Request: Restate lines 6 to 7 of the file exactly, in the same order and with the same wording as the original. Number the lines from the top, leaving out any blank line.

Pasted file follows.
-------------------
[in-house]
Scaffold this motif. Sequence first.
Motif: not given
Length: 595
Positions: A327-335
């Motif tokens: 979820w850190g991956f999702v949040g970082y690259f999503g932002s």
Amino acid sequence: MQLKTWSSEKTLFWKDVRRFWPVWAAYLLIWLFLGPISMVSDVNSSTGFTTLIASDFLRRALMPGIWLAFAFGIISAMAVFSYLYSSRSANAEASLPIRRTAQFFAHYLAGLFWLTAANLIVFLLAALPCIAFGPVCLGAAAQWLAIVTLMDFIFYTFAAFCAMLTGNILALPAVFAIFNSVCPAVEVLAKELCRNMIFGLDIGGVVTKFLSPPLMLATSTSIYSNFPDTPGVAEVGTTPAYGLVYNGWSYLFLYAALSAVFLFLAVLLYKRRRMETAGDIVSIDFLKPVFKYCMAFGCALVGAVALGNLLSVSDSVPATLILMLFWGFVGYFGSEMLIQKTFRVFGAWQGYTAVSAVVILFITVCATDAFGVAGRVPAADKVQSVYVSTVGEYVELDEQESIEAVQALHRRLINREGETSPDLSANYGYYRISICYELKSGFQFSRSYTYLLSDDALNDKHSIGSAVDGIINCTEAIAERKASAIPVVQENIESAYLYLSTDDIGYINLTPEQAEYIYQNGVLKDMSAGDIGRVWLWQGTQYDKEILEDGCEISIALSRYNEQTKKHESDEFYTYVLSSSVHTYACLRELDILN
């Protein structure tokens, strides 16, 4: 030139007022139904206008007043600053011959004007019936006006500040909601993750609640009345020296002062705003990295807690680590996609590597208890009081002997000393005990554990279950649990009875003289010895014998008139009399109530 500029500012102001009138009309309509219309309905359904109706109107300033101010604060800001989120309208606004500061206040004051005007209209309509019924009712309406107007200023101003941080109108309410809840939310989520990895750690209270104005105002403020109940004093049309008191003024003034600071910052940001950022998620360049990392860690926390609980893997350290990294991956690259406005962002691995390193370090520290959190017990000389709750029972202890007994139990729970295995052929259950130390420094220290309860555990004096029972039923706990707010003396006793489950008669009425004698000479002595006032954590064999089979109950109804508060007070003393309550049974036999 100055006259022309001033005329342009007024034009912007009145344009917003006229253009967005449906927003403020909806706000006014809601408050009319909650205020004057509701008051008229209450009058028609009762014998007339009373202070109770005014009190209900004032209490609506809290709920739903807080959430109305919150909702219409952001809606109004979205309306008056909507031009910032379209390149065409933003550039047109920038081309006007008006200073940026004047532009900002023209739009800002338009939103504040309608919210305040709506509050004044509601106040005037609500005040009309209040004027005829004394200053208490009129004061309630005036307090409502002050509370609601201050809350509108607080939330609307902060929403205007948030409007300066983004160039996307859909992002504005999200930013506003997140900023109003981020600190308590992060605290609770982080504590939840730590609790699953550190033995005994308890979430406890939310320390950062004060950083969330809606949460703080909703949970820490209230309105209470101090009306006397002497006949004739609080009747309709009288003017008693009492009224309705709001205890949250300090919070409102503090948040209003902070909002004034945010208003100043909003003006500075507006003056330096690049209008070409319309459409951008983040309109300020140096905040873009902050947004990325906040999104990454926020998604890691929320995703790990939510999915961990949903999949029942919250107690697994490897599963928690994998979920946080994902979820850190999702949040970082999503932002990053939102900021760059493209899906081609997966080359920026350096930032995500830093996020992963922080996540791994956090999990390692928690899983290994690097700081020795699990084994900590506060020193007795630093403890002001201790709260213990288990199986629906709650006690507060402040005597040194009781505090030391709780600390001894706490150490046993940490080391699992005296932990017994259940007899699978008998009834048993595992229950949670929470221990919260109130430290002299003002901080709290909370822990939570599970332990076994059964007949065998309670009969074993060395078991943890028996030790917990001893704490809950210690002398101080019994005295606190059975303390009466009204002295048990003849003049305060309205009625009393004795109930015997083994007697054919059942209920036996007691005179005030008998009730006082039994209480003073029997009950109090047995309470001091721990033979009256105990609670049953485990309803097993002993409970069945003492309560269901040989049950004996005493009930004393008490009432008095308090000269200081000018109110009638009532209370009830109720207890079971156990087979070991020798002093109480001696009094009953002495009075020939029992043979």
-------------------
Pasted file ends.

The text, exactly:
């Motif tokens: 979820w850190g991956f999702v949040g970082y690259f999503g932002s």
Amino acid sequence: MQLKTWSSEKTLFWKDVRRFWPVWAAYLLIWLFLGPISMVSDVNSSTGFTTLIASDFLRRALMPGIWLAFAFGIISAMAVFSYLYSSRSANAEASLPIRRTAQFFAHYLAGLFWLTAANLIVFLLAALPCIAFGPVCLGAAAQWLAIVTLMDFIFYTFAAFCAMLTGNILALPAVFAIFNSVCPAVEVLAKELCRNMIFGLDIGGVVTKFLSPPLMLATSTSIYSNFPDTPGVAEVGTTPAYGLVYNGWSYLFLYAALSAVFLFLAVLLYKRRRMETAGDIVSIDFLKPVFKYCMAFGCALVGAVALGNLLSVSDSVPATLILMLFWGFVGYFGSEMLIQKTFRVFGAWQGYTAVSAVVILFITVCATDAFGVAGRVPAADKVQSVYVSTVGEYVELDEQESIEAVQALHRRLINREGETSPDLSANYGYYRISICYELKSGFQFSRSYTYLLSDDALNDKHSIGSAVDGIINCTEAIAERKASAIPVVQENIESAYLYLSTDDIGYINLTPEQAEYIYQNGVLKDMSAGDIGRVWLWQGTQYDKEILEDGCEISIALSRYNEQTKKHESDEFYTYVLSSSVHTYACLRELDILN